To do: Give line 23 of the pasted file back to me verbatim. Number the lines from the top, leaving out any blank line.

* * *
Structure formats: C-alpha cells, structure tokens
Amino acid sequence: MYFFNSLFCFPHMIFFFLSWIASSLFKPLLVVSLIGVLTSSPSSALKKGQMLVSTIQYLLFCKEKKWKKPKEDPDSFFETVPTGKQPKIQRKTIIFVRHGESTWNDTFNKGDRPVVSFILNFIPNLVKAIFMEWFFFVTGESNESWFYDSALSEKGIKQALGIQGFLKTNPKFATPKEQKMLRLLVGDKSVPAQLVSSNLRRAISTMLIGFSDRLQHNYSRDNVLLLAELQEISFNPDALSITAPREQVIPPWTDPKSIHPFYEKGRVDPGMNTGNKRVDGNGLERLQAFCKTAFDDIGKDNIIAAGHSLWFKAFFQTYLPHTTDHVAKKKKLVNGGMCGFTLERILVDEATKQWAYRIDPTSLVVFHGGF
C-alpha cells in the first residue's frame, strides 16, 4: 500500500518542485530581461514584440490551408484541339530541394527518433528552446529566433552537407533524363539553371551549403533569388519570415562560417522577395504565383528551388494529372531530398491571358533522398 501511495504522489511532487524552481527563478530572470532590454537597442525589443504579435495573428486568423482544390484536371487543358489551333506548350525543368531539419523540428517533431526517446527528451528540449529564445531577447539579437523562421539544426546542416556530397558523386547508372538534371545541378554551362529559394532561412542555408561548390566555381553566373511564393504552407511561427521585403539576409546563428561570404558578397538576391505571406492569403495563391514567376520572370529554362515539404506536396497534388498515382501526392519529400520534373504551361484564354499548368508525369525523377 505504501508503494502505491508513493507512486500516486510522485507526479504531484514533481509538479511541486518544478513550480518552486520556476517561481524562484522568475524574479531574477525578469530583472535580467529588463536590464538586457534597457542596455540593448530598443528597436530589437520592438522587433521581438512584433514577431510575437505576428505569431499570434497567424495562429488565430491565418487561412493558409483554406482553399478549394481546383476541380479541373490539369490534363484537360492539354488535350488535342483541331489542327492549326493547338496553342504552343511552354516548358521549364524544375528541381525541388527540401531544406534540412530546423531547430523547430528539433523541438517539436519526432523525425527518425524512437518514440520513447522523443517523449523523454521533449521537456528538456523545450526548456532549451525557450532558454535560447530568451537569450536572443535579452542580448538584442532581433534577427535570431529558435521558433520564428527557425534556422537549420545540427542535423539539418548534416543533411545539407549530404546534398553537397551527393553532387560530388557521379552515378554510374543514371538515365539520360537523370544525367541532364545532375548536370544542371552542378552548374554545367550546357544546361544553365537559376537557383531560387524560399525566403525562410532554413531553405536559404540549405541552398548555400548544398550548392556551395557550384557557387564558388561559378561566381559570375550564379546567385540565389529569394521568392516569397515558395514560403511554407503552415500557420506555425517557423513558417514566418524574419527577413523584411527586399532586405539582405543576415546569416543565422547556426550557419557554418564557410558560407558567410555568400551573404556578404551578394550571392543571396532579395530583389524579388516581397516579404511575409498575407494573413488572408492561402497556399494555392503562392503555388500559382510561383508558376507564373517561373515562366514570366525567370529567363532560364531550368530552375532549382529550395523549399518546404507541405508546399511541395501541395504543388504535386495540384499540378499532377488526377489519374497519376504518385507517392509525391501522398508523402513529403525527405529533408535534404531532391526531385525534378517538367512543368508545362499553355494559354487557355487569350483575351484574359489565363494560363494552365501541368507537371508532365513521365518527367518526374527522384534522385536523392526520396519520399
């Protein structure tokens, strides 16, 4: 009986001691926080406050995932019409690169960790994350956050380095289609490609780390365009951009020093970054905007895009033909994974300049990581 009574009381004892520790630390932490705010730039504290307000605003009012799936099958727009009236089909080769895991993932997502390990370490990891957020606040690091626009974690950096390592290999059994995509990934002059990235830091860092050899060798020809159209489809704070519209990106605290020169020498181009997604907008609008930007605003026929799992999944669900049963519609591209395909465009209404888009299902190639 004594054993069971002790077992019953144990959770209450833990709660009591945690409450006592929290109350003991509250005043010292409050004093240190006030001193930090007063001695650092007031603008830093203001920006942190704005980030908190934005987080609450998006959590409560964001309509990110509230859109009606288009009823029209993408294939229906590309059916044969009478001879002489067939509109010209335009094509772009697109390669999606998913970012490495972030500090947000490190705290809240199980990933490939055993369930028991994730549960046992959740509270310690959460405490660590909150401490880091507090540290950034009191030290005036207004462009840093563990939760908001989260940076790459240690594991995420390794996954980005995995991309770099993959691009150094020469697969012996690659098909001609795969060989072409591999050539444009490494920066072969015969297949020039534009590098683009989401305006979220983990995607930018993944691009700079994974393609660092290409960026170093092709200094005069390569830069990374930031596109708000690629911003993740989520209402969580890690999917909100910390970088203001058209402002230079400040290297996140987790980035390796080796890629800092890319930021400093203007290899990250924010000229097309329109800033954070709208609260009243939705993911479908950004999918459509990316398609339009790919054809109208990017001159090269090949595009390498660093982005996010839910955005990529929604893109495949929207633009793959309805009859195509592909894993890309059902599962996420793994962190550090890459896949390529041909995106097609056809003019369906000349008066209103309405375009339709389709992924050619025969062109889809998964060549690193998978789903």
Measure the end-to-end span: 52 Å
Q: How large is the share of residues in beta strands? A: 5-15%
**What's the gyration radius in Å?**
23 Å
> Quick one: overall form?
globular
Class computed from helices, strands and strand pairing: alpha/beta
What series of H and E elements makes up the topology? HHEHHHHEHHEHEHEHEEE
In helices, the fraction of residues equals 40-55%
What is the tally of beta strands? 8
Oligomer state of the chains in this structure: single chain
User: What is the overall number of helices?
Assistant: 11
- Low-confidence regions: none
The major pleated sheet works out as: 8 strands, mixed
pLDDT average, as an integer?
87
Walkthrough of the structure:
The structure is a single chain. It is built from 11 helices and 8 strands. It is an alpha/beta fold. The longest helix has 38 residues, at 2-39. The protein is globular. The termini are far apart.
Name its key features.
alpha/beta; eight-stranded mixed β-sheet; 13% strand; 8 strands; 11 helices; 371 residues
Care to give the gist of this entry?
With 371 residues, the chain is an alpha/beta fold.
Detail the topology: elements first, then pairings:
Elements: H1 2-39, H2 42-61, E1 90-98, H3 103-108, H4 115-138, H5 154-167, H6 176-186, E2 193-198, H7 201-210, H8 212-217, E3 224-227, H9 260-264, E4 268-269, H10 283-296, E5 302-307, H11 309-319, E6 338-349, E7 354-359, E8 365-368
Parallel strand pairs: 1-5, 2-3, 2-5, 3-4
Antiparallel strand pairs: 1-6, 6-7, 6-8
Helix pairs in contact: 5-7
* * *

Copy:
The structure is a single chain. It is built from 11 helices and 8 strands. It is an alpha/beta fold. The longest helix has 38 residues, at 2-39. The protein is globular. The termini are far apart.